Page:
JEDDAH: After years of being prohibited from appearing in court, female lawyers in 2013 achieved a significant victory in being able to practice law and argue their cases in
Saudi courtrooms.
Female lawyers have the right to advocate for issues that are not only women-related, but cover a variety of cases such as commercial, personal and labor affairs.
They were not content to just obtain a license to practice law — they demanded to be included in legal committees and bodies, including the Saudi Bar Association.
On their way to realizing their rights, female lawyers had to overcome many obstacles in law offices and courtrooms to work legally and formally under the Ministry of Justice.
Some did not limit their work to the domestic sphere, undertaking studies and research on legal problems at an international level.
A research paper by lawyer Huda Omar Ba-Shmail, entitled “Investment disputes settlement within the framework of the International Center for Settlement of Investment Disputes (ICSID) and the Protection of Foreign Direct Investment (FDI),” was published in an American banking trade magazine.
Bayan Zahran, a Jeddah-based attorney who in January 2014 became the first Saudi woman to open a law firm, says women’s presence in courtrooms long predated the granting of licenses.
“I’ve been arguing my cases since opening my law firm officially, but even before the license we used to do the same through attorneyship,” she said.
Women have been authorized lawyers in Saudi courts for three years. They are recognized, and have rights and duties like their male counterparts based on the Saudi legal system.
Zahran said expertise dictated which cases a lawyer could argue: “As long as a lawyer, male or female, has the expertise that qualifies him or her to obtain the law license, they can argue any cases without exceptions.”
Some 90 percent of her clients are women, as women usually prefer someone who can relate to their issues, and Saudi Arabia is a conservative place where they would hesitate to talk freely with male lawyers.
Female lawyers can also get male clients who are willing to hire them. Zahran was recently hired by a group of male doctors to get their rights from a hospital they work at.
Among the obstacles female lawyers have had to deal with is society’s view of such a job for women. Some people did not accept their presence in courtrooms alongside men.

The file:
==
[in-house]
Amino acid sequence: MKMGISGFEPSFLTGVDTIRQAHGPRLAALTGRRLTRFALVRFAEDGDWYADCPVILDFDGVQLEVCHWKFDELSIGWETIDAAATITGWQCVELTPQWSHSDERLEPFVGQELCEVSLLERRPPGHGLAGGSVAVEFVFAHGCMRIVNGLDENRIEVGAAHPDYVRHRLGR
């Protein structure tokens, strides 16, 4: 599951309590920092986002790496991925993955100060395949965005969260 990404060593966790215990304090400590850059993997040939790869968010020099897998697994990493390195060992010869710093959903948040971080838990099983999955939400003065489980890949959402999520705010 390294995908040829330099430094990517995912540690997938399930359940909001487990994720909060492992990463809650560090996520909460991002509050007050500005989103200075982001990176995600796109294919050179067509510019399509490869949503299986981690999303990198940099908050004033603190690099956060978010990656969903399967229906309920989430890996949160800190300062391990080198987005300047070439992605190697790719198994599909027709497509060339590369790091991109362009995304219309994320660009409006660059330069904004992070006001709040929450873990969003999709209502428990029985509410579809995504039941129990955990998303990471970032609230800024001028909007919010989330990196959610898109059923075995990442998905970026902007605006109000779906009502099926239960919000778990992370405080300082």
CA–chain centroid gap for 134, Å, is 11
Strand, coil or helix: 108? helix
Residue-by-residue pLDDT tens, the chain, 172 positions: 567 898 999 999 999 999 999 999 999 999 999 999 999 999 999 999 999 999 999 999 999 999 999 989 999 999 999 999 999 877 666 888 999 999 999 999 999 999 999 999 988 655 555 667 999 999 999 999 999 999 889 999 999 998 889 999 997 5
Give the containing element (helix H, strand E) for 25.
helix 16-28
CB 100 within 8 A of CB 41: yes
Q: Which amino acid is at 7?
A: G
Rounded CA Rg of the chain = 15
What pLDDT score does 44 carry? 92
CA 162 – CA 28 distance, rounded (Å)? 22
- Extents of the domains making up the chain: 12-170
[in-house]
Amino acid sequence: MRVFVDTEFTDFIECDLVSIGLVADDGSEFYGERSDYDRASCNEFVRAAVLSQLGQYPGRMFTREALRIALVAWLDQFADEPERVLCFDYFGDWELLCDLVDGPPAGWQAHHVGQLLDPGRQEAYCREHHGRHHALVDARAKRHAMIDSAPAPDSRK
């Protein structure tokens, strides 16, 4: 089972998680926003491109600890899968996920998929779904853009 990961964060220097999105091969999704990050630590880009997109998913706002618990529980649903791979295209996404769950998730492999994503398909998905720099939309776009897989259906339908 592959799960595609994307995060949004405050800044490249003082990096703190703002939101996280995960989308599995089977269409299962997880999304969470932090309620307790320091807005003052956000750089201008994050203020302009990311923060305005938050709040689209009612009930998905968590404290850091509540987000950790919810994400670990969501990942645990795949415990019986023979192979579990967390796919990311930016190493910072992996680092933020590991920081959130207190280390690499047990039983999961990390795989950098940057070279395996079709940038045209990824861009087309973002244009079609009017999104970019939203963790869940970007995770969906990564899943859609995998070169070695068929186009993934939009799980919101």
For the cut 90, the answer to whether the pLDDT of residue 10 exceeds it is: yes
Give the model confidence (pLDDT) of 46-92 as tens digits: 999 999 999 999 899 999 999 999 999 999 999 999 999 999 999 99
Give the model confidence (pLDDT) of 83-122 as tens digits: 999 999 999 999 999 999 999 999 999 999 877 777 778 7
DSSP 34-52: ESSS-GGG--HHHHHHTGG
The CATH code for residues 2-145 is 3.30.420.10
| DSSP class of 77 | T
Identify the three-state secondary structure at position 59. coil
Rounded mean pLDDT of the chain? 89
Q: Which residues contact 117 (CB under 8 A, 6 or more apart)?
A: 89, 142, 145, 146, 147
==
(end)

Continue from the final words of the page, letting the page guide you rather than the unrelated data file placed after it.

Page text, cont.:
Zahran said ignoring negative feedback was the best approach: “Criticism doesn’t really mean anything to me. What I truly care about is my job, delivering justice and improving work standards in a good and humanitarian manner.”
There are neither specific regulations nor privileges that apply to female lawyers in the Saudi legal system.
Zahran says some fresh graduates have the wrong idea about the nature of their work, whereby female lawyers are treated differently than their male counterparts.
“If women keep in mind that law is all about sticking to the text, and interpreting and using it in a way that serves justice, they can defend their rights as lawyers.”
A number of female lawyers have volunteered to provide legal aid for those unable to hire lawyers in family and labor cases via a charitable initiative organized by the Takamul Investment Company in Jeddah.
The initiative involves training, employment assistance for participating lawyers, and legal services for those who cannot plead for themselves or afford to hire lawyers, says Takamul’s president, lawyer Majed Garoub.
As part of the initiative, graduates from regions throughout the Kingdom have been trained by jurists, judges, academics and members of judicial committees.
Volunteers undergo a training program to provide a thousand hours of voluntary work within five years.
Dima Talal Al-Sharif, a legal consultant at the Health, Food and Medicine Department at The Law Firm of Majed M. Garoub, said Saudi female lawyers were “the pioneers of the human rights renaissance in the Kingdom, where they have added much to the prosperity of this profession.”
Al-Sharif, who is a member of the Union Internationale des Avocats (UIA), says practicing law is not a profession or a title, but a passion and a challenge to prove oneself.
“This is what I saw and experienced through the participation of a large number of female lawyers at the Takamul initiative,” she said.
Al-Sharif expressed her wish that her colleagues get the encouragement and trust of Saudi society so they could give more.
“I wish that the voice of female lawyers in Saudi Arabia reaches greater places in the field of human rights in the Middle East and globally, not just in the Kingdom.”

Main category: